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Analysis of complex after simulation

[Figure 3] is showing simulation analysis of protein survivin and ligand ZINC00689728 interaction. RMSD analysis of the complex confirms that the complex is structurally stable throughout the 25 ns simulation.

Result of MM/GBSA calculations

Estimation of relative binding energy was done through implying MM/GBSA study. Prime module (Jacobson et al. 2004) of Schrodinger was used for the study. Molecules with best ranking score in XP mode were subjected for the calculation. These studies were subjected to access the relative binding affinity of ligand toward receptor. Results are reported in [Table 4].
Table 4: Two-dimensional structure of compounds along with their MM/GBSA score

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Analysis of absorption, distribution, metabolism, excretion, and toxicity property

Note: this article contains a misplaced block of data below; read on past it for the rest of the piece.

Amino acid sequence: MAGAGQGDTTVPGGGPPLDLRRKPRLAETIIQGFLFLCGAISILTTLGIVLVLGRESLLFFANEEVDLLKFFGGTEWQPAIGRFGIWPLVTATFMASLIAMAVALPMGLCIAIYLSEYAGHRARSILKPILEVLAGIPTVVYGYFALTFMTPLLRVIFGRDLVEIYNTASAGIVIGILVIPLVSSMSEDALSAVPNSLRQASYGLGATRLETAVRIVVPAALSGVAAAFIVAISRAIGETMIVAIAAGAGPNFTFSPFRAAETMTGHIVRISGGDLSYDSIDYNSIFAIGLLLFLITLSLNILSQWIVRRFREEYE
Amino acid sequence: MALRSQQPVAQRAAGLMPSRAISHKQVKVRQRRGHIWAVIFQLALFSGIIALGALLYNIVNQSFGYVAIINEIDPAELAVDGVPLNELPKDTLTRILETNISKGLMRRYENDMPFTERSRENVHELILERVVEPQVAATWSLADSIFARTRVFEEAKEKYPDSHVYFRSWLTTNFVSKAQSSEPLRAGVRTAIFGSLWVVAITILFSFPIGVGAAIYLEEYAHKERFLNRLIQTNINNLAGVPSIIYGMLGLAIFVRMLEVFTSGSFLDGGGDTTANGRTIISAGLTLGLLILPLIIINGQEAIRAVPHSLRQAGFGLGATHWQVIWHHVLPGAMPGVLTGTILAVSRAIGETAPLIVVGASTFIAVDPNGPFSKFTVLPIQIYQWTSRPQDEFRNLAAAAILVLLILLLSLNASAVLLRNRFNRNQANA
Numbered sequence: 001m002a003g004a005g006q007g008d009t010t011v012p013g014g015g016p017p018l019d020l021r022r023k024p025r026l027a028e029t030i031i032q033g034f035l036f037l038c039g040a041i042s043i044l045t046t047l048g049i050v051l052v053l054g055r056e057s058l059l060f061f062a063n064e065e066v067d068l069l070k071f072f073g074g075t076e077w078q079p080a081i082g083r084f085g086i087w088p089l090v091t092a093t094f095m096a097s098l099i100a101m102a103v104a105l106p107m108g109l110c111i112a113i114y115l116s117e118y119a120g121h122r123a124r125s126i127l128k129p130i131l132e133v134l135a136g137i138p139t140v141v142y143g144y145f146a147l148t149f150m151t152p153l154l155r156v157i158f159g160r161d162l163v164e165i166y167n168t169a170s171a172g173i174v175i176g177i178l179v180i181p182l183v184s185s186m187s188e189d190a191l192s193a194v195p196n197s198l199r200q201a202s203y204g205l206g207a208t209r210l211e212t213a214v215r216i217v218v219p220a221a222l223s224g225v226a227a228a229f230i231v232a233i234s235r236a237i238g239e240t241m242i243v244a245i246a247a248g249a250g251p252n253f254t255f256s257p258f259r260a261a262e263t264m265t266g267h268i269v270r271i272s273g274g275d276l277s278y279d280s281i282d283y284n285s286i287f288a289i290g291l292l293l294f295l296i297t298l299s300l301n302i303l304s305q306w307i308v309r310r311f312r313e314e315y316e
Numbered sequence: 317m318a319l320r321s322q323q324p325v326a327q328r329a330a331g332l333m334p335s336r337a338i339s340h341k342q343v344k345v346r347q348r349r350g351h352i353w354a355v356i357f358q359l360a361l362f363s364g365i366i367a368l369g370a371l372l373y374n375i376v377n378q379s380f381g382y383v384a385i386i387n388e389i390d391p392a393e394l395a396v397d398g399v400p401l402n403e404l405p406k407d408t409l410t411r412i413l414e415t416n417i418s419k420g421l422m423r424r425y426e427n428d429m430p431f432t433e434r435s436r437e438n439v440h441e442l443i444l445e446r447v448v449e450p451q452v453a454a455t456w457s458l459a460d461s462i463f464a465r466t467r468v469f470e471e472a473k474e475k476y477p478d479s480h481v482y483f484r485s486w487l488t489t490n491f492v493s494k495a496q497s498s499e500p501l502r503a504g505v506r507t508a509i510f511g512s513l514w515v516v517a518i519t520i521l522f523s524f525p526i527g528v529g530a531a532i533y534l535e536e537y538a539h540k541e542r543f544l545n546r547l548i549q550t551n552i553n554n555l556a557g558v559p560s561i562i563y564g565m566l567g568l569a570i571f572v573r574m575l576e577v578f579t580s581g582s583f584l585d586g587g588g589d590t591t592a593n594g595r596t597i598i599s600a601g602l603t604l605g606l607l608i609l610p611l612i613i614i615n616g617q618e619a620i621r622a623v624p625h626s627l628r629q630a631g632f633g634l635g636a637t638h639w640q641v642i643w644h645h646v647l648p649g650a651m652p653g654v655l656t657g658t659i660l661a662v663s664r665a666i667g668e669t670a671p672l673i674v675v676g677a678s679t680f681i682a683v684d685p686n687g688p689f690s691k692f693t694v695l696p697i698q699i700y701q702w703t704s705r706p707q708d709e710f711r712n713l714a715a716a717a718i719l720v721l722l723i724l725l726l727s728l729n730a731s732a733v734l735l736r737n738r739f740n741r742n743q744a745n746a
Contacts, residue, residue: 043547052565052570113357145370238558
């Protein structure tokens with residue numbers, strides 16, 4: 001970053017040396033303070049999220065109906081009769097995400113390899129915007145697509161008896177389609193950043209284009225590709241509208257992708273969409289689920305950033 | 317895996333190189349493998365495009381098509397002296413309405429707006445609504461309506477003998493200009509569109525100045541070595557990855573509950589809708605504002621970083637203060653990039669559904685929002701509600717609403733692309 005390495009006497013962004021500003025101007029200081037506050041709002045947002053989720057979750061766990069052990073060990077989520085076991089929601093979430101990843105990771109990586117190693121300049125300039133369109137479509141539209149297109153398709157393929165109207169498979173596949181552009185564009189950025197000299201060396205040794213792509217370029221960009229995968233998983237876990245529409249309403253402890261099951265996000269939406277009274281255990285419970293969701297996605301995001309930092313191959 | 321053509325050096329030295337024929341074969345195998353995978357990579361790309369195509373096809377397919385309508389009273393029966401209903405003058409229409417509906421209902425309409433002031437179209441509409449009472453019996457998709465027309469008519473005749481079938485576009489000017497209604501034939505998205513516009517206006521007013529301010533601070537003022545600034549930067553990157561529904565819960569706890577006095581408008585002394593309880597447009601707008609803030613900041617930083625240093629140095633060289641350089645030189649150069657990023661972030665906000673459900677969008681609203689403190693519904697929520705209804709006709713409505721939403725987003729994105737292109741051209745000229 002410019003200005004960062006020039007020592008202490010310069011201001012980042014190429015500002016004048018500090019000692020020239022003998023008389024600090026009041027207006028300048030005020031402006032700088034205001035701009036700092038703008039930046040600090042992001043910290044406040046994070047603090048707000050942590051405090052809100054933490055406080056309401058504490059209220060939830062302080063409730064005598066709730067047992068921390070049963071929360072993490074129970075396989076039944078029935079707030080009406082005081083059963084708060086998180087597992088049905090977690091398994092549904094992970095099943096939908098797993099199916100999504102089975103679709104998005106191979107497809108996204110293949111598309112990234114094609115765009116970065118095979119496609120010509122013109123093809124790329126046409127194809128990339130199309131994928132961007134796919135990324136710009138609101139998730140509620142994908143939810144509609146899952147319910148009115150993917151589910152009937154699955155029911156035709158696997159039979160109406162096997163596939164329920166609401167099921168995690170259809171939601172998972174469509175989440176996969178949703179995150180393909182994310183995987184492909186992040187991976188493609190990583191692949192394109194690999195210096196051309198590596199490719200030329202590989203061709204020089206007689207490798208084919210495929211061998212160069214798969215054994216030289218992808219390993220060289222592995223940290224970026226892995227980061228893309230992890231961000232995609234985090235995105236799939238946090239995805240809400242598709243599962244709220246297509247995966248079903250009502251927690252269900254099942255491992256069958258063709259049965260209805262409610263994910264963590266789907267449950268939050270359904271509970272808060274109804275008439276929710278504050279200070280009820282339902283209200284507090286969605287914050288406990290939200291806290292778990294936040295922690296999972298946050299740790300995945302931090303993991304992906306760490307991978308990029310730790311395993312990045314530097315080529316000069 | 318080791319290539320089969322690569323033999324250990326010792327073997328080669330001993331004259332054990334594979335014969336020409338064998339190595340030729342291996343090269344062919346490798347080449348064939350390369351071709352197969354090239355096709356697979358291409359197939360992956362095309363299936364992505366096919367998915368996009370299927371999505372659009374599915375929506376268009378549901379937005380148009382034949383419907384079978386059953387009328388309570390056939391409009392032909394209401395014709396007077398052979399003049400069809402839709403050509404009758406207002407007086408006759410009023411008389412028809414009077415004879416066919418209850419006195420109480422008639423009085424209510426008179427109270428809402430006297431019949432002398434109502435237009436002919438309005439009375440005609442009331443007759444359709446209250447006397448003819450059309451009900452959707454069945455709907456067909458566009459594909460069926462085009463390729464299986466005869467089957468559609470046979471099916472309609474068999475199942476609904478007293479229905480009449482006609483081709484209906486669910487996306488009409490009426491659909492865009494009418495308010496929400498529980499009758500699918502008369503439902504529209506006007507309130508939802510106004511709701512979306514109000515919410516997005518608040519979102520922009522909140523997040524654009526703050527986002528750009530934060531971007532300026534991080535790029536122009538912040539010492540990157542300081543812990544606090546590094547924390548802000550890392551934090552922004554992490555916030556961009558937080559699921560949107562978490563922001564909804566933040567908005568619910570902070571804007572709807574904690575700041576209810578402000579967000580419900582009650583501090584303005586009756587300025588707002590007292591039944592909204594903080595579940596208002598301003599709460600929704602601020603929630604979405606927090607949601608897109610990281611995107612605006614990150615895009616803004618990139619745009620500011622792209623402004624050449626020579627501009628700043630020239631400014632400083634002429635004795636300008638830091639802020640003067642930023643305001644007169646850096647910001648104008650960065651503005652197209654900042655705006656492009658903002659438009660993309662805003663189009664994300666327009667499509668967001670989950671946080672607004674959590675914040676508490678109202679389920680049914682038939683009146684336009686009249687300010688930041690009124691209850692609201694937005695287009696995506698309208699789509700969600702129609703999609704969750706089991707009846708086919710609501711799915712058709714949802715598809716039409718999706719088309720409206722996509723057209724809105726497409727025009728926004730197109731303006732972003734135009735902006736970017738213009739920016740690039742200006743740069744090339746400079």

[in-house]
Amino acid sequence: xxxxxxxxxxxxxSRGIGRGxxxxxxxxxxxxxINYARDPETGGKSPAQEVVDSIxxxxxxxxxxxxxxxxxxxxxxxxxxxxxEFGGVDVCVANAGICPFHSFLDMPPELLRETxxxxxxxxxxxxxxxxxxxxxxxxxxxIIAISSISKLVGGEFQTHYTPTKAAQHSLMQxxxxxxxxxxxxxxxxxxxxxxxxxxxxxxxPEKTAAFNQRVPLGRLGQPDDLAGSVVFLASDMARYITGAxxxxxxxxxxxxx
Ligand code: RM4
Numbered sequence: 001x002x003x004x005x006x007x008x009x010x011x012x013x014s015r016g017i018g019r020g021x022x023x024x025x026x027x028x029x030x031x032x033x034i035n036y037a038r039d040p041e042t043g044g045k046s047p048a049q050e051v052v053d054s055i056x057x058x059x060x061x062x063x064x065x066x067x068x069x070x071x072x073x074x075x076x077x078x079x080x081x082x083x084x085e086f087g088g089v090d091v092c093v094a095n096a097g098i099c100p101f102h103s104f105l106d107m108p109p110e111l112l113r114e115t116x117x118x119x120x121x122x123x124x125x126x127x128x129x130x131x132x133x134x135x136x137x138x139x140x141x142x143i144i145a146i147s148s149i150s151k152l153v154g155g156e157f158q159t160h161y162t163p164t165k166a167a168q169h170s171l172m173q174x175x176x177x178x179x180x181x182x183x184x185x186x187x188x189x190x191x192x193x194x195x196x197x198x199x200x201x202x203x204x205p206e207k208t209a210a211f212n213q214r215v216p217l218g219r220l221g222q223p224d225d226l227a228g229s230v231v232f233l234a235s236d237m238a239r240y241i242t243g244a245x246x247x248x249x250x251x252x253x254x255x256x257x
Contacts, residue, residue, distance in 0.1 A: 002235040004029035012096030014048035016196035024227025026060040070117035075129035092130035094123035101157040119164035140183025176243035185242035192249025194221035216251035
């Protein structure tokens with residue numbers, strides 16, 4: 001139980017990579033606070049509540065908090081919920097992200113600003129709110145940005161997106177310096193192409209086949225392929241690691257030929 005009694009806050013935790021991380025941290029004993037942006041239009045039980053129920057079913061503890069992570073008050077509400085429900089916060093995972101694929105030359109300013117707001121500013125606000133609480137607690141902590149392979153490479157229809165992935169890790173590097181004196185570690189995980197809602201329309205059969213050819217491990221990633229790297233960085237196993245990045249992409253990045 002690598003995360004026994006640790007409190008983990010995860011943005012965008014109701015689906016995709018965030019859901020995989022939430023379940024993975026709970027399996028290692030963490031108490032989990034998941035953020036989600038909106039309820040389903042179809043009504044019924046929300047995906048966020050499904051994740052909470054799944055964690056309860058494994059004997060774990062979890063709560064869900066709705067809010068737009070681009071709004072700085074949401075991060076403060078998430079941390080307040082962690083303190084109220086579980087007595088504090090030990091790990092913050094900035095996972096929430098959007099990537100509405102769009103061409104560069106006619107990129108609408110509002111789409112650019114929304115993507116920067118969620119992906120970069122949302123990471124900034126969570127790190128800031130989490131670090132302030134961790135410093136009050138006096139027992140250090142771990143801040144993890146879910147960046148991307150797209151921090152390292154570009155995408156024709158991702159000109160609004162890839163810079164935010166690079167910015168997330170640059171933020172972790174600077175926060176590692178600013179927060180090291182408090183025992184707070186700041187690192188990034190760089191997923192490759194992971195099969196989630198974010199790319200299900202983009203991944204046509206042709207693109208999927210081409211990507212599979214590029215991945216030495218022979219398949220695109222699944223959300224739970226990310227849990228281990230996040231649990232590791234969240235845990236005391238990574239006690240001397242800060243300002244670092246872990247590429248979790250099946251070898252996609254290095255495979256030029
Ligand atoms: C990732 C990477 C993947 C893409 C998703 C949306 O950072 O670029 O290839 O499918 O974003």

Top 11 molecules were put for pharmacokinetic descriptor calculation to evaluate the screened compounds on the parameter of druglikeness. A total of 10 descriptors were taken in account; ADME properties and other parameters for each inhibitor are given in [Table 4]. From analysis, it can be depicted that all the top 11 screened molecules are falling in adequate range of these ADMET descriptors.

Prediction of toxicity

No toxicity has been noticed for the selected compounds. Detail calculation of various parameters has been listed in [Table 5] and [Table 3].
Table 5: Principal descriptors, their acceptable ranges, and values of the selected inhibitory molecules: Eleven top molecule